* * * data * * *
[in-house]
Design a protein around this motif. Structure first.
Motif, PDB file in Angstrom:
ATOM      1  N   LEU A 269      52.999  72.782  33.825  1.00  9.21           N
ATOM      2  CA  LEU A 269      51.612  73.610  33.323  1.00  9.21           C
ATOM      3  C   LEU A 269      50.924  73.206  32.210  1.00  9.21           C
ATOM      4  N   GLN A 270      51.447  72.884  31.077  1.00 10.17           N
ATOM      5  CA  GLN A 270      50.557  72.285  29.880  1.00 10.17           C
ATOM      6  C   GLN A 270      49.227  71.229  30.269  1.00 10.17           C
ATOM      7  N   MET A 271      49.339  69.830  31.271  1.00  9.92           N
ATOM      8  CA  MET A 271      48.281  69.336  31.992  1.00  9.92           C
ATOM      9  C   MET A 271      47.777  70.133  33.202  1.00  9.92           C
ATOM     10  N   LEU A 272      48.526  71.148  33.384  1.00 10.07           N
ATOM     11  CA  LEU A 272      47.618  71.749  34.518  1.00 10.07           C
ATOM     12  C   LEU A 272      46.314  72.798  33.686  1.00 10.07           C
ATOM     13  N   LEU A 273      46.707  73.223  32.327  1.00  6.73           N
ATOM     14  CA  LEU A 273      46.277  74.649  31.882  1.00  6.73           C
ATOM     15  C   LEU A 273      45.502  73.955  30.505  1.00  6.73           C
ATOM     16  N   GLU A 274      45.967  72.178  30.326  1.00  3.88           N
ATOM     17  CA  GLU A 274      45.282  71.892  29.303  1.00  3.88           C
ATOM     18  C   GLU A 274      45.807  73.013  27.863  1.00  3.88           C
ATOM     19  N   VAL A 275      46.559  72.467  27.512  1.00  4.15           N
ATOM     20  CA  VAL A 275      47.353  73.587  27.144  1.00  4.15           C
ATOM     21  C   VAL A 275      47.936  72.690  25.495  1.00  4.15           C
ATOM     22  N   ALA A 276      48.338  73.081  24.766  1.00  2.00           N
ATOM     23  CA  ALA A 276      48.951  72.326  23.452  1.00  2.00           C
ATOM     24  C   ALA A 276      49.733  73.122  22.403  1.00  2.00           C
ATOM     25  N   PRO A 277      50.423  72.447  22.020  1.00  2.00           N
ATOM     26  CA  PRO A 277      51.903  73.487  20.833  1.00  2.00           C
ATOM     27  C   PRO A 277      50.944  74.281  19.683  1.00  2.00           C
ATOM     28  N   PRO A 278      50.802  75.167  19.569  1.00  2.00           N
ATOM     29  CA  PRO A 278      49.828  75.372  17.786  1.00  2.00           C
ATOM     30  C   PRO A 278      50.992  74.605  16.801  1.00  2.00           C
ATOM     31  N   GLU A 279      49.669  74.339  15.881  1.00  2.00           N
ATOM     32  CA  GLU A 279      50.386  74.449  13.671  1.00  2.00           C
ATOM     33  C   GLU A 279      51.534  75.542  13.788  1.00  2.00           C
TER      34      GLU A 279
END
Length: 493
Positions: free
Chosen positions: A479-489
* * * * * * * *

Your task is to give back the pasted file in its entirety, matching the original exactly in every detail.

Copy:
[in-house]
Design a protein around this motif. Structure first.
Motif, PDB file in Angstrom:
ATOM      1  N   LEU A 269      52.999  72.782  33.825  1.00  9.21           N
ATOM      2  CA  LEU A 269      51.612  73.610  33.323  1.00  9.21           C
ATOM      3  C   LEU A 269      50.924  73.206  32.210  1.00  9.21           C
ATOM      4  N   GLN A 270      51.447  72.884  31.077  1.00 10.17           N
ATOM      5  CA  GLN A 270      50.557  72.285  29.880  1.00 10.17           C
ATOM      6  C   GLN A 270      49.227  71.229  30.269  1.00 10.17           C
ATOM      7  N   MET A 271      49.339  69.830  31.271  1.00  9.92           N
ATOM      8  CA  MET A 271      48.281  69.336  31.992  1.00  9.92           C
ATOM      9  C   MET A 271      47.777  70.133  33.202  1.00  9.92           C
ATOM     10  N   LEU A 272      48.526  71.148  33.384  1.00 10.07           N
ATOM     11  CA  LEU A 272      47.618  71.749  34.518  1.00 10.07           C
ATOM     12  C   LEU A 272      46.314  72.798  33.686  1.00 10.07           C
ATOM     13  N   LEU A 273      46.707  73.223  32.327  1.00  6.73           N
ATOM     14  CA  LEU A 273      46.277  74.649  31.882  1.00  6.73           C
ATOM     15  C   LEU A 273      45.502  73.955  30.505  1.00  6.73           C
ATOM     16  N   GLU A 274      45.967  72.178  30.326  1.00  3.88           N
ATOM     17  CA  GLU A 274      45.282  71.892  29.303  1.00  3.88           C
ATOM     18  C   GLU A 274      45.807  73.013  27.863  1.00  3.88           C
ATOM     19  N   VAL A 275      46.559  72.467  27.512  1.00  4.15           N
ATOM     20  CA  VAL A 275      47.353  73.587  27.144  1.00  4.15           C
ATOM     21  C   VAL A 275      47.936  72.690  25.495  1.00  4.15           C
ATOM     22  N   ALA A 276      48.338  73.081  24.766  1.00  2.00           N
ATOM     23  CA  ALA A 276      48.951  72.326  23.452  1.00  2.00           C
ATOM     24  C   ALA A 276      49.733  73.122  22.403  1.00  2.00           C
ATOM     25  N   PRO A 277      50.423  72.447  22.020  1.00  2.00           N
ATOM     26  CA  PRO A 277      51.903  73.487  20.833  1.00  2.00           C
ATOM     27  C   PRO A 277      50.944  74.281  19.683  1.00  2.00           C
ATOM     28  N   PRO A 278      50.802  75.167  19.569  1.00  2.00           N
ATOM     29  CA  PRO A 278      49.828  75.372  17.786  1.00  2.00           C
ATOM     30  C   PRO A 278      50.992  74.605  16.801  1.00  2.00           C
ATOM     31  N   GLU A 279      49.669  74.339  15.881  1.00  2.00           N
ATOM     32  CA  GLU A 279      50.386  74.449  13.671  1.00  2.00           C
ATOM     33  C   GLU A 279      51.534  75.542  13.788  1.00  2.00           C
TER      34      GLU A 279
END
Length: 493
Positions: free
Chosen positions: A479-489